The Class Actions Law Review: United Kingdom - Scotland
Introduction to the class actions framework
While many Commonwealth jurisdictions provide a legal mechanism for the facilitation of group litigation, such a mechanism has remained notably absent in Scotland. The debate concerning whether a procedure of this kind should be introduced in Scotland has persisted for decades. In 1979, the Scottish Consumer Council (SCC) established a working group to review the existing methods under which consumers could enforce their rights. The SCC's final report was published in 1982, concluding that the means of the Scottish courts to entertain matters of 'group interest' were restrained, and advocating for the availability of class action procedure in Scotland. A report drawing similar conclusions was published in 1996 by the Scottish Law Commission (SLC). The SLC concluded that a single action could deal with a number of possible claimants or pursuers with a core of common issues, and that the advantages of a single instance of litigation outweigh the disadvantages.
Despite this continued discussion, and seeming approval for class actions in both academia and practice, it was not until 2018 that the Scottish Parliament tackled the issue head-on. The Civil Litigation (Expenses and Group Proceedings) (Scotland) Act 2018 (the 2018 Act) received royal assent on 5 June 2018. The 2018 Act, for the first time in Scotland, makes provision for class action litigation. However, with the more detailed rules needed to implement the 2018 Act still a work in progress, there remains uncertainty surrounding how the 2018 Act will operate in practice.
The year in review
i Existing procedures
Traditionally, the Scottish courts have utilised existing tools of procedure to grapple with multiple claims that, in essence, are premised on the same or similar rights and obligations. A pragmatic approach is taken and courts will often sist (a stay in Scottish procedure) all but one claim, and allow that one matter to run to a debate (a legal argument without evidence) or proof (a civil trial on the evidence in Scotland) as a 'test case'. The remaining cases will then be continued, pending the final outcome of the test case. For example, there are over 500 cases presently before Scotland's supreme civil court, the Court of Session, seeking damages for personal injuries caused by allegedly defective vaginal mesh products. On 1 June 2018, and following a five-day debate, Lord Boyd handed down his decision in AH v. Greater Glasgow Health Board, which constitutes a combined judgment of four of the 18 'lead actions' in these vaginal mesh claims. In the introduction to his decision, his Lordship explained that all but 18 of the 500 cases had been sisted (i.e., suspended), pending the outcome of these proceedings. At the request of the pursuers, Lord Boyd granted a proof before answer (a mixed trial of law and evidence) in all the cases, subject to time bar.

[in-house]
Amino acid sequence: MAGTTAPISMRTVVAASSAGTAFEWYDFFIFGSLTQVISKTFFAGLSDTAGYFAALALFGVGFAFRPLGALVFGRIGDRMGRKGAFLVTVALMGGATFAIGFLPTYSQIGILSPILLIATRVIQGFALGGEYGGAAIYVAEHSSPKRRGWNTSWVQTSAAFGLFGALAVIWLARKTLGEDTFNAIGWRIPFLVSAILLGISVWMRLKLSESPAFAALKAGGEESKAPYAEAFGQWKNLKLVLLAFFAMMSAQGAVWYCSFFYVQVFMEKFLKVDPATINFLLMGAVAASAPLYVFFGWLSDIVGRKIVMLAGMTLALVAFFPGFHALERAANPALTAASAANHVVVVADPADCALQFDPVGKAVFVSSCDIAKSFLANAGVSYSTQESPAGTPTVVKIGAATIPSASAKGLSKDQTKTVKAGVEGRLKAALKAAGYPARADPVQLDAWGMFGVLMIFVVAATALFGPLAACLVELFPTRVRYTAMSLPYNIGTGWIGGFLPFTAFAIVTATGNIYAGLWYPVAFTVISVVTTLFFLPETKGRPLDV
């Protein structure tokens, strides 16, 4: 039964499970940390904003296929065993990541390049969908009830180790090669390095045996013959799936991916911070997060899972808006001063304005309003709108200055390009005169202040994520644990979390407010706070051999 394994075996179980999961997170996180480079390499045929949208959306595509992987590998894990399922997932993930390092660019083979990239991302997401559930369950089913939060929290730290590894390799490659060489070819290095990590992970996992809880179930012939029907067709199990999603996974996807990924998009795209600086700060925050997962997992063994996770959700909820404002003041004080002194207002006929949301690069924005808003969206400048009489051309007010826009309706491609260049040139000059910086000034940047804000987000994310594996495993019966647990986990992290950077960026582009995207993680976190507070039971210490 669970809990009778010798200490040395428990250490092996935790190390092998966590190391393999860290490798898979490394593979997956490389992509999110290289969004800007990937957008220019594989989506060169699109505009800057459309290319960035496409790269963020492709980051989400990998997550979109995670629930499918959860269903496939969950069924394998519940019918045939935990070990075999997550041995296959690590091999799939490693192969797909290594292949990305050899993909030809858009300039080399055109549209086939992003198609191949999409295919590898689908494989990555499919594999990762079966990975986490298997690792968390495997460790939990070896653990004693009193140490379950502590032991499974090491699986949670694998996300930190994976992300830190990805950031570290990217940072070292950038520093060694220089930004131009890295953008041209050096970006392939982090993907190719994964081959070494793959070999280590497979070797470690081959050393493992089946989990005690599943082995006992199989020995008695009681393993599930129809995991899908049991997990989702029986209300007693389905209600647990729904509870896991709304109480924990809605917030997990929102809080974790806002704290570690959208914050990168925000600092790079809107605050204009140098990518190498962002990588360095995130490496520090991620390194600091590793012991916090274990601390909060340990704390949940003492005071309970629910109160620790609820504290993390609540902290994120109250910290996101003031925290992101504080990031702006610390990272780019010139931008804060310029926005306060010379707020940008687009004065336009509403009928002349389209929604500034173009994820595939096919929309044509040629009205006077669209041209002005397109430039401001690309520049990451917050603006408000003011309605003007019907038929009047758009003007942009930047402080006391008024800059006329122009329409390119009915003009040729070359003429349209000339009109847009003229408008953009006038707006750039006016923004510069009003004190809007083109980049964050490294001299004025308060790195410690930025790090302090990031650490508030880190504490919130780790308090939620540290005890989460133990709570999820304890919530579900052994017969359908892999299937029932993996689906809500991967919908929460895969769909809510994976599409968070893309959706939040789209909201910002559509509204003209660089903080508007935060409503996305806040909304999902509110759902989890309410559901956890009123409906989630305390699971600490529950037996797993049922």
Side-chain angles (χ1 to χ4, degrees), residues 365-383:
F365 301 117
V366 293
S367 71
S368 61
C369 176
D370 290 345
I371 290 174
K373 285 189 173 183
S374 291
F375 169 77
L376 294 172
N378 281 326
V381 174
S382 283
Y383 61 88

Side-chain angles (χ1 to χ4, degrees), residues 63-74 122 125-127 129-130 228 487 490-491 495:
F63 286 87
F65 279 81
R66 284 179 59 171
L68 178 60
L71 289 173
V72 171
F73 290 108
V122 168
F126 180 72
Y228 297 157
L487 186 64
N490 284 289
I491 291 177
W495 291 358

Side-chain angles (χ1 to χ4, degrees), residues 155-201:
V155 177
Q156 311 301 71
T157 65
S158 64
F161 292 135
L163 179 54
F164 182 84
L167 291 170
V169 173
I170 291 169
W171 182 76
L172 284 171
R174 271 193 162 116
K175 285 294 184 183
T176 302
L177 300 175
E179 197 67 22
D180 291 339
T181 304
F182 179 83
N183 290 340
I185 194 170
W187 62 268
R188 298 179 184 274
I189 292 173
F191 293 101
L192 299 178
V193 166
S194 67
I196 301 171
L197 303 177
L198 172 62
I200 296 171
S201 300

The primary deficiency of this approach is that, strictly speaking, these cases are still entirely distinct: there is no means by which a group of individual cases can be consolidated into a single court action in which a single, binding determination will be made for all the cases. While the court can issue directions to procedurally manage such groups of cases collectively, each case must be determined individually. The outcome of the test case therefore has no automatic bearing on the remaining cases, subject to the doctrine of precedent. As different claimants may rely on different documentation and different witnesses, this approach poses a risk to decisional harmony. Moreover, by having to advance each case separately, there remain issues as to cost and duplication of papers; problems that underpin the rationale for class action procedure.
ii The 2018 Act
In light of these shortcomings, the 2018 Act came into force on 30 January 2019. The 2018 Act's genesis dates back to 1 June 2017, when the then Cabinet Secretary for Justice, Michael Matheson MSP, introduced the Civil Litigation (Expenses and Group Proceedings) (Scotland) Bill (the Bill) before the Scottish Parliament. The Bill was intended to deal with various matters of civil procedure in Scotland, including success fee arrangements, expenses (costs) in civil litigation, and the regulation of claims management companies. A further, and novel, concept for Scotland was the proposal to introduce multiparty procedure.
The Scottish Parliament's Stage 1 Report to the Bill explored the possible forms that the new procedure, termed 'group proceedings', might take. For example, the Report identified three broad categories of group proceedings, described respectively as class actions, organisation actions, and public interest actions. Class actions are brought by a named pursuer who acts as a representative of the class of individuals with the same legal issue, with the representative seeking redress for themselves and on behalf of the class as a whole. Organisation actions are brought by organisations, such as consumer or environmental groups, on behalf of their members or the general public. Public interest actions are advanced by public officials on behalf of the public at large, or a specific group of the public. The new procedure, which could encompass all of these forms, is termed 'group proceedings' under the 2018 Act.